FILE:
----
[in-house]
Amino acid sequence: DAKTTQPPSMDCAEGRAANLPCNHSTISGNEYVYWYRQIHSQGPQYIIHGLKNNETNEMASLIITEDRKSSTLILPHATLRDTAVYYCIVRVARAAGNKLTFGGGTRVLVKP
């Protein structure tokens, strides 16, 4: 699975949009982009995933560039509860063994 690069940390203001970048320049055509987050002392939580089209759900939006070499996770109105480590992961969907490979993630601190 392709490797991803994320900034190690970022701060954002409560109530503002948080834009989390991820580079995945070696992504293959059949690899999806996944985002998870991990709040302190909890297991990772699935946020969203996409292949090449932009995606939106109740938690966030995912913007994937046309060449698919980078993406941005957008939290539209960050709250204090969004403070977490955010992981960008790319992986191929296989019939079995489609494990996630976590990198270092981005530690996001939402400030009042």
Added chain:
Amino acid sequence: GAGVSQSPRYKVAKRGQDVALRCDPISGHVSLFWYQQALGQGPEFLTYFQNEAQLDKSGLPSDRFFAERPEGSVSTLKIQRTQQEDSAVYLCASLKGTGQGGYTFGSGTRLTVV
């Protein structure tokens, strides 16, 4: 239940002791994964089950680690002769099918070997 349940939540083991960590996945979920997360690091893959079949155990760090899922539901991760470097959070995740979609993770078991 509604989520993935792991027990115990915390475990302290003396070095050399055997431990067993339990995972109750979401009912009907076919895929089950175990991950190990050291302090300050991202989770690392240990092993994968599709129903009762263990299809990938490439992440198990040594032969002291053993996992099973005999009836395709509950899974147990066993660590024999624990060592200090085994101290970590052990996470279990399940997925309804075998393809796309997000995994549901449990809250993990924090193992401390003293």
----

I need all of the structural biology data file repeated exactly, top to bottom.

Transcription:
[in-house]
Amino acid sequence: DAKTTQPPSMDCAEGRAANLPCNHSTISGNEYVYWYRQIHSQGPQYIIHGLKNNETNEMASLIITEDRKSSTLILPHATLRDTAVYYCIVRVARAAGNKLTFGGGTRVLVKP
């Protein structure tokens, strides 16, 4: 699975949009982009995933560039509860063994 690069940390203001970048320049055509987050002392939580089209759900939006070499996770109105480590992961969907490979993630601190 392709490797991803994320900034190690970022701060954002409560109530503002948080834009989390991820580079995945070696992504293959059949690899999806996944985002998870991990709040302190909890297991990772699935946020969203996409292949090449932009995606939106109740938690966030995912913007994937046309060449698919980078993406941005957008939290539209960050709250204090969004403070977490955010992981960008790319992986191929296989019939079995489609494990996630976590990198270092981005530690996001939402400030009042």
Added chain:
Amino acid sequence: GAGVSQSPRYKVAKRGQDVALRCDPISGHVSLFWYQQALGQGPEFLTYFQNEAQLDKSGLPSDRFFAERPEGSVSTLKIQRTQQEDSAVYLCASLKGTGQGGYTFGSGTRLTVV
């Protein structure tokens, strides 16, 4: 239940002791994964089950680690002769099918070997 349940939540083991960590996945979920997360690091893959079949155990760090899922539901991760470097959070995740979609993770078991 509604989520993935792991027990115990915390475990302290003396070095050399055997431990067993339990995972109750979401009912009907076919895929089950175990991950190990050291302090300050991202989770690392240990092993994968599709129903009762263990299809990938490439992440198990040594032969002291053993996992099973005999009836395709509950899974147990066993660590024999624990060592200090085994101290970590052990996470279990399940997925309804075998393809796309997000995994549901449990809250993990924090193992401390003293």